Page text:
Tag Archives: Australian pulp fiction

Pulp Friday: The Spungers

This Friday’s pulp offering comes via Line of Sight author, David Whish Wilson.

Julian Spencer’s The Spungers was put out in 1967 by Scripts, a publishing company based in London, Melbourne and Sydney, that released a lot of the more explicit Australian pulp fiction I’ve come across from the sixties and early seventies.

As I’ve written previously, the sixties saw Australian pulp publishers start to produce kitchen sink and exploitation fiction, often dressed up as lurid exposés of drug use and sexual promiscuity. These fed off mainstream society’s fears of youth rebellion and changing sexual standards.

The focus of many of these tales was Sydney’s Kings Cross, which in the sixties became well known as a centre for prostitution, sly grog and drugs, often to meet the demand of American servicemen on R&R during the Vietnam War.

The Spungers is a classic piece of exploitation pulp dressed up quasi social commentary on the declining moral values of youth in the sixties. Not that much has really changed. Update the language a bit and whack in a TV crew from A Current Affair and The Spungers would be right at home in Australian in 2011.

The inside front cover blurb is priceless:

“The Vicious, sordid activities of a scruffy Kings Cross beatnik clash with those of a young surfie who decides to spend a misspent holiday rorting up the Cross.Read more

Executives behaving badly: sixties Australian pulp part 2

Magazine Services Pty, Ltd, Sydney – Melbourne

High-flying corporate executives behaving badly were a staple of Australian pulp fiction in the sixties.

Coming off the drab post-World War Two austerity of the fifties, readers devoured tales of power hungry businessmen, international travel, fat expense accounts and modern, high tech business practices, mixed with organised crime, boozy parties and infidelity.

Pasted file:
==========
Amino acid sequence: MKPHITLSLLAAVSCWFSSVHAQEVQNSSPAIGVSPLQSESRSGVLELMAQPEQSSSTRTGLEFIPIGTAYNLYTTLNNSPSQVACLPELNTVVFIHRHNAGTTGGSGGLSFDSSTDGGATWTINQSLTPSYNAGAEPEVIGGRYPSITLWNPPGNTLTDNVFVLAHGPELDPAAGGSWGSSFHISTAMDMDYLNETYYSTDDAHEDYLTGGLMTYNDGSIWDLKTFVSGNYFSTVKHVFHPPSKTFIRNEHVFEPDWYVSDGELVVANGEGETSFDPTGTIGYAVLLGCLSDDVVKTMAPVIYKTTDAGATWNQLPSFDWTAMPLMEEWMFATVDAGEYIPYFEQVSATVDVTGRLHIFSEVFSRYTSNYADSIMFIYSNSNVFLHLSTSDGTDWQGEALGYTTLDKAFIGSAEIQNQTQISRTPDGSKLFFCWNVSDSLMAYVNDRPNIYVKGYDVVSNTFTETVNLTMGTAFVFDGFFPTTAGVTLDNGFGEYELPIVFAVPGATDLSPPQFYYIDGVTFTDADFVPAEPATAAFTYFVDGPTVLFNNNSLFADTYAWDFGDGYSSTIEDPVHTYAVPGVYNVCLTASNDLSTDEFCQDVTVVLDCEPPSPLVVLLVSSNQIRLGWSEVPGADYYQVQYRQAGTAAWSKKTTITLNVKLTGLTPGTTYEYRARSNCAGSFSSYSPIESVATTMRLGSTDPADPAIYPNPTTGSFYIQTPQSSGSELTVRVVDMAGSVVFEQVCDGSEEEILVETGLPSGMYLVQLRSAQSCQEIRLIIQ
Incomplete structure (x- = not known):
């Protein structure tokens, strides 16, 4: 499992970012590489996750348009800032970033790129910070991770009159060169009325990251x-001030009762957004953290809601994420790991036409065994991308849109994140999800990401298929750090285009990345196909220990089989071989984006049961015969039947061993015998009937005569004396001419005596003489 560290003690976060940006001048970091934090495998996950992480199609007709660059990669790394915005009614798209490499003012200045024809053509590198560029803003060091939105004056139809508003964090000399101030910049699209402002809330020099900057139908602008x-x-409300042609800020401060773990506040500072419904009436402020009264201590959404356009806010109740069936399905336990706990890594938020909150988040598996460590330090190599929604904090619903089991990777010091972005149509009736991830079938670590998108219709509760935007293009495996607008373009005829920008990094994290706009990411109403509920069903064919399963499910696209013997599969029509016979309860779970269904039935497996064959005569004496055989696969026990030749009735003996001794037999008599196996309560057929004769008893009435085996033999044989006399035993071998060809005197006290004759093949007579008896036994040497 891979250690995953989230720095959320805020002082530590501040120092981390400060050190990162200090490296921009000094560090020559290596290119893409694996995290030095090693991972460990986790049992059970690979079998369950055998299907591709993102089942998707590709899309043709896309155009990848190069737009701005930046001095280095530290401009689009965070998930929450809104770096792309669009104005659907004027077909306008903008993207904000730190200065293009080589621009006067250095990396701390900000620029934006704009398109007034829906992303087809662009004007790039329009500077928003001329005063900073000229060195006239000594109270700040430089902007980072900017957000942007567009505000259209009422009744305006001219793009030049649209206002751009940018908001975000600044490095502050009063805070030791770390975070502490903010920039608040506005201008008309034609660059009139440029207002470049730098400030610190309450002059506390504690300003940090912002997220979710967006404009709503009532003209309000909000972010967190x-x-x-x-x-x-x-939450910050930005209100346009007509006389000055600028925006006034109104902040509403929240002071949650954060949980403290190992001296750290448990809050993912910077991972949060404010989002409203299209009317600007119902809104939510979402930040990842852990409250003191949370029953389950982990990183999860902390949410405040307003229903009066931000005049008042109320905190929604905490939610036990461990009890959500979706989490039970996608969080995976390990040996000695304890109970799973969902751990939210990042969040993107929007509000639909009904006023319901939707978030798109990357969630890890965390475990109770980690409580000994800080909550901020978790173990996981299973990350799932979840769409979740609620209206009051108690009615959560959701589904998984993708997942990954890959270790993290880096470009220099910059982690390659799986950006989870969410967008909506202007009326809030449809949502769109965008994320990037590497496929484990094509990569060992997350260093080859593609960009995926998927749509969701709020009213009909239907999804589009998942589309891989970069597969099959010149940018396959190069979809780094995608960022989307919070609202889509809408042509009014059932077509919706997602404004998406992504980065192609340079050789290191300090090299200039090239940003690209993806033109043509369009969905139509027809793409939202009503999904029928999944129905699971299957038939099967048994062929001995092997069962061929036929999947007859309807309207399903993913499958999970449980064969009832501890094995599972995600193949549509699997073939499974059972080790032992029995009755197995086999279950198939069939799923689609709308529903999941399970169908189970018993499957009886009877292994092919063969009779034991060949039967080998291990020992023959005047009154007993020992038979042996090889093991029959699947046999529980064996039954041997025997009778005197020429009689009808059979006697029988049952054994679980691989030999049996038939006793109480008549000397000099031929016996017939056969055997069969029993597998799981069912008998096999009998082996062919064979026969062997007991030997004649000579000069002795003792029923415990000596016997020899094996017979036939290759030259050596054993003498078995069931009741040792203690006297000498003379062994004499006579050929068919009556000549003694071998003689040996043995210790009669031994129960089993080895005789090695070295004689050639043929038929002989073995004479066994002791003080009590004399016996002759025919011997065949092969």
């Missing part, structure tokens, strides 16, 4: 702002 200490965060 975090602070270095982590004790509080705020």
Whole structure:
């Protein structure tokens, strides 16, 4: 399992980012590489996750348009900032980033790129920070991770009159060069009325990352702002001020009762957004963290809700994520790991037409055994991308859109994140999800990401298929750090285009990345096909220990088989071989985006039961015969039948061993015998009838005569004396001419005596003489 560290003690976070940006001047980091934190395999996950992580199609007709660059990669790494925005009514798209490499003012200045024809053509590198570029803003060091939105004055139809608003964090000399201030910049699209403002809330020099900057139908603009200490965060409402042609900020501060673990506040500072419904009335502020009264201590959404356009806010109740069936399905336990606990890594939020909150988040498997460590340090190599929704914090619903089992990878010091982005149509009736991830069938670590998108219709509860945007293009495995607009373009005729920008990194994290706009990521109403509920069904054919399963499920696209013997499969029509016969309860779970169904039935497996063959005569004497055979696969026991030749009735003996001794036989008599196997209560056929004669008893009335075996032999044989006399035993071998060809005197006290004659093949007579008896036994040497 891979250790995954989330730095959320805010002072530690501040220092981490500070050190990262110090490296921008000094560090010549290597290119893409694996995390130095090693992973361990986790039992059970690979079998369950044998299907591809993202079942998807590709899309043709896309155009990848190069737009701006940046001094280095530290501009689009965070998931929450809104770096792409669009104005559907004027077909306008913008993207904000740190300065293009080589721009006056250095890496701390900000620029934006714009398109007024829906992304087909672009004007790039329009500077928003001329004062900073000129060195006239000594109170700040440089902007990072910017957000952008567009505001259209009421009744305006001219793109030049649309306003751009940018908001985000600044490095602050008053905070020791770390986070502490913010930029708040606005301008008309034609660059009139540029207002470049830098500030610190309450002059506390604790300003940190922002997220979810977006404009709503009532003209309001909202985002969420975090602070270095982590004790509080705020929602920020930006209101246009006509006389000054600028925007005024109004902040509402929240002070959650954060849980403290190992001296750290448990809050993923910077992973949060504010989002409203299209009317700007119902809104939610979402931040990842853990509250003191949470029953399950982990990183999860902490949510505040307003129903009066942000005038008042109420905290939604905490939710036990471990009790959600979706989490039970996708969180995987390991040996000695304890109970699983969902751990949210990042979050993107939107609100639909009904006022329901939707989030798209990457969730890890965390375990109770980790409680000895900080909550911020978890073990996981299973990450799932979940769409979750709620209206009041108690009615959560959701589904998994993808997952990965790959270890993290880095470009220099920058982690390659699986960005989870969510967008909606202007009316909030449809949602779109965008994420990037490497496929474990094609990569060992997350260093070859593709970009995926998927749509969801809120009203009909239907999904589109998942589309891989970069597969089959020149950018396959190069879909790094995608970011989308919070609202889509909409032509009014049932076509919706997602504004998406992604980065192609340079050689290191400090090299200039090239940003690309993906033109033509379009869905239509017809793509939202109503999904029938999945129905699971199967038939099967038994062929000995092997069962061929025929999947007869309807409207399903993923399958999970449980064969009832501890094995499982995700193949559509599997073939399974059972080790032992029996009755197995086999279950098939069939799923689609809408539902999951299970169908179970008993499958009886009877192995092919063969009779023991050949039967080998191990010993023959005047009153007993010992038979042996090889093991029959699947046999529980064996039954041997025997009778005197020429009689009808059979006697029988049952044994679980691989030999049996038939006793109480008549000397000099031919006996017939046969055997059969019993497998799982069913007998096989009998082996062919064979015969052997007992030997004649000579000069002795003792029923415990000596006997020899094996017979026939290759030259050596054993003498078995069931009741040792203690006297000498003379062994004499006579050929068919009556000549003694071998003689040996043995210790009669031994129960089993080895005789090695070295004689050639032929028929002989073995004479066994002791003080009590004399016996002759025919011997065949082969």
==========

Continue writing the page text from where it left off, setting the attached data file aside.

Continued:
The following selection – sourced from my collection – mainly features local versions of books originally published in the US by Beacon Press.They were reprinted locally by an anonymous outfit called Magazine Services, Pty, Ltd, based in Sydney and Melbourne.

Most of the following titles don’t include the date they were republished.

The only indigenous effort, Mile Pegs, was written by political journalist, Don Whitington, who went onto be a celebrated author and biographer. Mile Pegs the story of a “King Hit” Seager who built an outback coaching venture into one of Australia’s biggest airlines while “Mercilessly disregarding the rights and feelings of the woman he loved, his illegitimate son, his colleagues and everyone who stood in his path”.

See Me Tonight! by Lee Richards is a rip off of a 1963 pulp called the Sexecutives. Subtle as a sledgehammer. The story of “high-power executives who stop at nothing to get their way – and of women who cooperate”, it bills itself as a “revealing book of today’s executive and the temptations put in his way”.… Read more